Resorting to Murder: Holiday Mysteries

Not long ago I described a new series for “Bookin’ with Sunny” readers. Poisoned Pen Press is offering British Library Crime Classics like Charles Kingston’s Murder in Piccadilly to American enthusiasts. Now I’ve read another such publication, a collection of short stories titled Resorting to Murder. Martin Edwards, who also edited Murder in Piccadilly, has pulled together a set of mystery excursions featuring familiar British detectives like Sherlock Holmes plus some lesser lights who definitely deserve our recognition. Each of these masters of ratiocination is on holiday when a crime is committed nearby. Combining their wits with their prior experiences as solvers of crimes, these detectives soon point their fingers at the appropriate guilty parties. Once each case is solved, each vacation can then continue unabated.

The format allows these authors opportunities to show off their detectives’ skills in exotic locales. The stories take place in Switzerland and France, around the Lake Country, on several different golf links, near various coastal venues such as Northerley-on-Sea, and at diverse British and continental resorts. The format also allows the authors to position their detectives as outsiders, more observant than their fellow vacationers, more perceptive than the local citizenry, and more logical than the constabulary trying to solve a particular crime. Finally, the short story format dictates a brisk pacing and precise brush strokes of words. A wonderful collection of bedtime reading, for sure.

Short story collections often are uneven, however, and Resorting to Murder is no different. The best ones in this collection are excellent, but I found myself skim-reading one or two. At least there is variety. Some of the authors, like Sir Arthur Conan Doyle and G. K. Chesterton, are well-known to mystery readers; others, like Basil Thomson and Gerald Findler, are more obscure. Some of the stories are quite short, only a few pages; others are longer and much more detailed. Most of the stories, sadly, are written by men. My guess is that writers like Agatha Christie or Dorothy Sayers were too expensive to include, but I suggest that only two female authors don’t really balance the twelve males.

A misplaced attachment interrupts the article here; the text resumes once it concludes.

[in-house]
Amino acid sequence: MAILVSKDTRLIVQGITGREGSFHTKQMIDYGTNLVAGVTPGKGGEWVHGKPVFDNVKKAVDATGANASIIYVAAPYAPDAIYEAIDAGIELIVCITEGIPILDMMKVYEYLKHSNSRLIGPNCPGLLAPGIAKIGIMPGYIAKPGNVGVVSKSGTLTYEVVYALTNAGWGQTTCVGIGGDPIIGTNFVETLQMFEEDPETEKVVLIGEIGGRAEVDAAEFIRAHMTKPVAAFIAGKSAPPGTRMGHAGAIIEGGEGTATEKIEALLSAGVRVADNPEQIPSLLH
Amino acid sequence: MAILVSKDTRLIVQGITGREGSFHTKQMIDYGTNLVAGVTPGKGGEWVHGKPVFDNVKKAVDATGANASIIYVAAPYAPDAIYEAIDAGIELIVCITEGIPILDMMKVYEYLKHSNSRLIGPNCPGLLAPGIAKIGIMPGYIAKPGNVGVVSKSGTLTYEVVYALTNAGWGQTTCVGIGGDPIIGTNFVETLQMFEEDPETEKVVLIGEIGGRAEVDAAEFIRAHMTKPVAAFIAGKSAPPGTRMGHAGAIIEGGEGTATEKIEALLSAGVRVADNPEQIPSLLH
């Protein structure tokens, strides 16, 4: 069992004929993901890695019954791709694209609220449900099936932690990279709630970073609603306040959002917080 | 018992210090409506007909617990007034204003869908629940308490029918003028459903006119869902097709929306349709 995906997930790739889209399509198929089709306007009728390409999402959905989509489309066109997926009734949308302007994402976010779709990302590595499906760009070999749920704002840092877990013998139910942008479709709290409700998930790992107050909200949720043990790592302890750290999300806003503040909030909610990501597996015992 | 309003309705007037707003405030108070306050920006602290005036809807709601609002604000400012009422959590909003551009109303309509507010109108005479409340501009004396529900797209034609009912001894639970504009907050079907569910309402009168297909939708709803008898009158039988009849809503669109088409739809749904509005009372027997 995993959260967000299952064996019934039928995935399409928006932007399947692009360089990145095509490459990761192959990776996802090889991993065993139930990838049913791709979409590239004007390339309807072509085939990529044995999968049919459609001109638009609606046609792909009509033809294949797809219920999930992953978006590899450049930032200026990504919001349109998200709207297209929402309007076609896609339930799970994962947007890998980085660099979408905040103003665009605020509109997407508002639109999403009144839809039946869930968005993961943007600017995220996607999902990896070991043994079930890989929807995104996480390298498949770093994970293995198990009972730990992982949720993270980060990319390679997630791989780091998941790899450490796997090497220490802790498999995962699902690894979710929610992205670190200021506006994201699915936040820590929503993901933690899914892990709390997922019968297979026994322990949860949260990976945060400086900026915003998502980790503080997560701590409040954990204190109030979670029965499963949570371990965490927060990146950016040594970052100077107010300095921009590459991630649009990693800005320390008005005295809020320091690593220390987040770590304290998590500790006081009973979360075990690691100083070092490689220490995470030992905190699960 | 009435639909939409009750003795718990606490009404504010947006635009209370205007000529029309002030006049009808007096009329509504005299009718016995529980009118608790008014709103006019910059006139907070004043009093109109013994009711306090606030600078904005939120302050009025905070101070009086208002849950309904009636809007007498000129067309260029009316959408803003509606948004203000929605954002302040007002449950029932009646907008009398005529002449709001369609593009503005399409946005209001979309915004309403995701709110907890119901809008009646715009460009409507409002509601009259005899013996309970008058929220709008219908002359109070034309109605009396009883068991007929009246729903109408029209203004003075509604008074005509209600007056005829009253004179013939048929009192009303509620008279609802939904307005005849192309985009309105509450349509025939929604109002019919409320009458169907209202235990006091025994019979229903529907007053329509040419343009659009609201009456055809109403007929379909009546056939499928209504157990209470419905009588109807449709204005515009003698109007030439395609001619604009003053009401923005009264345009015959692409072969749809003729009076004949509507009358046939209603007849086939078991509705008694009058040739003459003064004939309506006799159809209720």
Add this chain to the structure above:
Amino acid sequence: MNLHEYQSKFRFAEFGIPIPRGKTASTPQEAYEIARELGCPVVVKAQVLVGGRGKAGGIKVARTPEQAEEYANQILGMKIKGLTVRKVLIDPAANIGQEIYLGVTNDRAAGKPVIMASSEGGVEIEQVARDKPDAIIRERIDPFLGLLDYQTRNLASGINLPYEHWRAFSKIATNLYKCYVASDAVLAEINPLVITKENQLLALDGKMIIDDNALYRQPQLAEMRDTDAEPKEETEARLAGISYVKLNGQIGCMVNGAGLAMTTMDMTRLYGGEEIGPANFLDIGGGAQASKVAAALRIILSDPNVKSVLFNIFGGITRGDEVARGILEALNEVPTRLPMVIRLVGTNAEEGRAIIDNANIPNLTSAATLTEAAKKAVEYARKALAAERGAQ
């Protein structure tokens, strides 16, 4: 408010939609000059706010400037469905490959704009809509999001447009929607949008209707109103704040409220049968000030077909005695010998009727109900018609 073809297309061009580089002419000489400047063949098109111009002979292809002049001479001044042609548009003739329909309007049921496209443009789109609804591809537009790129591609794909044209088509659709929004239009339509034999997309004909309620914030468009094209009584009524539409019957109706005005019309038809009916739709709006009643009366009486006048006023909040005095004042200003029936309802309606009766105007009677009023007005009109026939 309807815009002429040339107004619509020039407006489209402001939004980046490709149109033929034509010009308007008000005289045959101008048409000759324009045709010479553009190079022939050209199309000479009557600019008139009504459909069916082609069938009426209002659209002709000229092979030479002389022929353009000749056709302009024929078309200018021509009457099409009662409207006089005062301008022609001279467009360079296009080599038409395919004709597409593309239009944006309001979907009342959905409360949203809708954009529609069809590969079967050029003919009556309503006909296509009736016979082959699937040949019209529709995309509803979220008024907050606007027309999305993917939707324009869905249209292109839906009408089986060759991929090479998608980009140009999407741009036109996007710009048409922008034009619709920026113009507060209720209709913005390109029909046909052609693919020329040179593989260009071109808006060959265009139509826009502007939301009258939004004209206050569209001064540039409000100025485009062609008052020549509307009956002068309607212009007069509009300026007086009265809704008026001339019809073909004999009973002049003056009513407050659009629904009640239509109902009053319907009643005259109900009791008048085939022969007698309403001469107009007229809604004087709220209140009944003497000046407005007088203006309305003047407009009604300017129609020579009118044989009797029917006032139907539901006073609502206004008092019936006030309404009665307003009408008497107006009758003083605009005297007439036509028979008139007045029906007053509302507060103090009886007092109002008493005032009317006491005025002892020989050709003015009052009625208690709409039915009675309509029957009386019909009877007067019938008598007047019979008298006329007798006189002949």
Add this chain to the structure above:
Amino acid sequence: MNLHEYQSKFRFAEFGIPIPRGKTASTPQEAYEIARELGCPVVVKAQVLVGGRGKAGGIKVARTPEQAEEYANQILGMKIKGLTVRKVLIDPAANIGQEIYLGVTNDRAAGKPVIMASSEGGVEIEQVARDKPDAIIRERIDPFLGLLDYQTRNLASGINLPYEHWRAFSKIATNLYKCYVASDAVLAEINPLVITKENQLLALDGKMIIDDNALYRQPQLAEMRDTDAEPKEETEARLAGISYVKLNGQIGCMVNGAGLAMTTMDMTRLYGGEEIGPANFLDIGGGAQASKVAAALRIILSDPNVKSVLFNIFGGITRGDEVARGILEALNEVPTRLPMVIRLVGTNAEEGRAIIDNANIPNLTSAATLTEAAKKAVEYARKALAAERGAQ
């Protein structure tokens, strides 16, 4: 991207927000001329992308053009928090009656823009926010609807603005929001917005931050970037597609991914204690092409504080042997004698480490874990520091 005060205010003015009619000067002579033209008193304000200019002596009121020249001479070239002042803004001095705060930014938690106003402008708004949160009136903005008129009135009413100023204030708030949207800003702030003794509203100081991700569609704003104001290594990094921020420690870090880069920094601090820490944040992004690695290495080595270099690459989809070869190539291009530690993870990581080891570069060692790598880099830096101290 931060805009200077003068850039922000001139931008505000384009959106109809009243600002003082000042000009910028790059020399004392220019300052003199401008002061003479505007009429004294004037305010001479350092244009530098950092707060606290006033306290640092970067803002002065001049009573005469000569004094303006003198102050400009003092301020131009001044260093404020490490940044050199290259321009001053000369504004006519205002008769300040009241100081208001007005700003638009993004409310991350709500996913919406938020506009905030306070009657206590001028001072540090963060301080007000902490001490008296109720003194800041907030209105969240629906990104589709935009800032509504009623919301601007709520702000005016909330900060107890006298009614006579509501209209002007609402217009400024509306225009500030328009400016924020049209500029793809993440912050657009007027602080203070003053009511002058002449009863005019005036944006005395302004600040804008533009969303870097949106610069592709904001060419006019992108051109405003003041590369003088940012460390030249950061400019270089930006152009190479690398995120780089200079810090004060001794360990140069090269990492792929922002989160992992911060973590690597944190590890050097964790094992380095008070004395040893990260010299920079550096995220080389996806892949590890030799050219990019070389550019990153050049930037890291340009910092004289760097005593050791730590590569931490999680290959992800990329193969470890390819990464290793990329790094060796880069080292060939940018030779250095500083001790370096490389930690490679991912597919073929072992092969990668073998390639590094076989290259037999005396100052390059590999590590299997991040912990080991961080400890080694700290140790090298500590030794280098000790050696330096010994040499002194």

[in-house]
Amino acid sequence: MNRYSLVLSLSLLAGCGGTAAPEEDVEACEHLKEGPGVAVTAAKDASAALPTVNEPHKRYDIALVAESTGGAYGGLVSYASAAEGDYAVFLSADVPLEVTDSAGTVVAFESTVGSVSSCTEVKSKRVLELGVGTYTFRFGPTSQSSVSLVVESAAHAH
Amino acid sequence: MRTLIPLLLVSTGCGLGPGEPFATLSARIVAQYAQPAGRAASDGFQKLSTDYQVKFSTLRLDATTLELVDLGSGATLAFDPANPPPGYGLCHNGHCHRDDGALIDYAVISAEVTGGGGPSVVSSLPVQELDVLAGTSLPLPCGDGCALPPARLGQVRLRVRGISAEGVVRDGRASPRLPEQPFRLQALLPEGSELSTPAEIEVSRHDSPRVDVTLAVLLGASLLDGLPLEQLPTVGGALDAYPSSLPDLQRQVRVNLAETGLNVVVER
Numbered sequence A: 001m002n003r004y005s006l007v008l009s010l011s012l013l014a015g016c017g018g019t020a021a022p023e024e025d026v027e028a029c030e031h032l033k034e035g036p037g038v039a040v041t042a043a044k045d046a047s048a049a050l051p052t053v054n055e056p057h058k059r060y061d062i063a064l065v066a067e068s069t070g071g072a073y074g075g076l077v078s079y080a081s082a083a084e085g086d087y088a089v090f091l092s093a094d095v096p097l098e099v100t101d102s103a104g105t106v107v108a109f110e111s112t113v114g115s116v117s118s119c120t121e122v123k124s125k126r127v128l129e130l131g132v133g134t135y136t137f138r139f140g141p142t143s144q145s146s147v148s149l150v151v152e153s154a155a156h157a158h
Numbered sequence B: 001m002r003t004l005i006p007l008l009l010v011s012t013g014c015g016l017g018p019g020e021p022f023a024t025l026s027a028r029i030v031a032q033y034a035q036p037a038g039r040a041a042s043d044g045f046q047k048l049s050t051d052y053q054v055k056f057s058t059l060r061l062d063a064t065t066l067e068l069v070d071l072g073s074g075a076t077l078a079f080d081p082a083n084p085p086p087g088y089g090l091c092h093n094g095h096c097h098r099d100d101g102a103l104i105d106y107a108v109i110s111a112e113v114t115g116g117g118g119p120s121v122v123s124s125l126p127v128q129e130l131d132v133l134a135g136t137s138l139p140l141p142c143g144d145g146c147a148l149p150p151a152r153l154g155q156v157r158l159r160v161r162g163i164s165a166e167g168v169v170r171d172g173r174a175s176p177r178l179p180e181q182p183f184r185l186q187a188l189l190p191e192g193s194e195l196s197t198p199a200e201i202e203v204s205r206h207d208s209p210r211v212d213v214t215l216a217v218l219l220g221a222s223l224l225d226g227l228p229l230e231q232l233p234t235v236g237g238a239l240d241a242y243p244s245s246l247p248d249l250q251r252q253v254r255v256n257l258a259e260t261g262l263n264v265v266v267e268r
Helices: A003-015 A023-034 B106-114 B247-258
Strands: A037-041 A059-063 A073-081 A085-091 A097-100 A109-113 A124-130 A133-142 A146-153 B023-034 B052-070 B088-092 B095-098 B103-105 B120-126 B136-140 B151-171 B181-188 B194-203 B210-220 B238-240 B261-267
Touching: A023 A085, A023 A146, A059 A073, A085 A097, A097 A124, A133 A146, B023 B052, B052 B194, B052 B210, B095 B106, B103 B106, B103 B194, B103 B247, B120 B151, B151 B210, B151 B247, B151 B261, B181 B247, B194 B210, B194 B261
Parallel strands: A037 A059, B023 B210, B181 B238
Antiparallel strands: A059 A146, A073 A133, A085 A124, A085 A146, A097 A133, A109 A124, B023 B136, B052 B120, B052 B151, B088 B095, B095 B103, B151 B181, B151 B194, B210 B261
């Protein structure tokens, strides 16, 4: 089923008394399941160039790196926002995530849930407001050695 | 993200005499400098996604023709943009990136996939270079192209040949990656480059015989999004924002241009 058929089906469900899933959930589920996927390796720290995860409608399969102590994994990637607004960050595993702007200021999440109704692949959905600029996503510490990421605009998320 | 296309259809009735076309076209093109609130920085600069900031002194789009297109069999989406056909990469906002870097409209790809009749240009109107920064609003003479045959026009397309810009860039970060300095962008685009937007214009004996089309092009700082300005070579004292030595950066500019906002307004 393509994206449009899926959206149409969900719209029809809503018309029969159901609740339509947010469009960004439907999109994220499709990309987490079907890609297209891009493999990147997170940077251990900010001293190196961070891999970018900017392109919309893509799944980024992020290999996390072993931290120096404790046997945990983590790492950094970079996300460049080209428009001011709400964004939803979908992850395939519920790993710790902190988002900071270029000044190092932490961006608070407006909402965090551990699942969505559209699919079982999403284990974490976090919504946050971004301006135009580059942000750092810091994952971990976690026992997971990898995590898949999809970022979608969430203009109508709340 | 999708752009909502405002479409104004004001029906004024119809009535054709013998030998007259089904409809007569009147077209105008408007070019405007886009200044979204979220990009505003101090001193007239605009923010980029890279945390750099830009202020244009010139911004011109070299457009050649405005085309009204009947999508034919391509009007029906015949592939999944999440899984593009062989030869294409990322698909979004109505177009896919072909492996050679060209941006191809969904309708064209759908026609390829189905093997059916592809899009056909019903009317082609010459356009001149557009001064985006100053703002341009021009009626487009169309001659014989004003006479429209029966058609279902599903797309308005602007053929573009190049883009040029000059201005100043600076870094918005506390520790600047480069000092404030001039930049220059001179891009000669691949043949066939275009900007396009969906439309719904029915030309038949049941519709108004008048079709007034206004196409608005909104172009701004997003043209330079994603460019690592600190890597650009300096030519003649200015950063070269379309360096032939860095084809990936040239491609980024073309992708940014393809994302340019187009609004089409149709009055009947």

So far, the books I’ve read in the new British Library Crime Classics /Poisoned Pen series are smart, leisurely, somewhat archaic but thoroughly delightful. As I wrote in my review of Murder in Piccadilly, “I do believe that a love for classic British mysteries is an acquired taste. Or perhaps some of us are born with a literary palate that relishes the unhurried hunt for justice, the back and forth of repartee, the slow unraveling of plot.” I concluded, in fact, that Kingston’s novel moves at a “soporific speed.” But I enjoyed it. Ditto, Resorting to Murder. – Ann Ronald

Also available by Martin Edwards: The Coffin Trail; The Cipher Garden; The Arsenic Labyrinth; The Serpent Pool; The Frozen Shroud; The Hanging Wood; Dancing for the Hangman; Eve of Destruction; The Devil in Disguise; The Lazarus Widow; Where Do You Find Your Ideas; Take my Breath Away; Waterloo Sunset; First Cut is the Deepest; Urge to Kill, How Police Take Homicide from Case to Court; Suspicious Minds; Yesterday’s Papers; I Remember You; Sweet Secrets; Mind to Kill.

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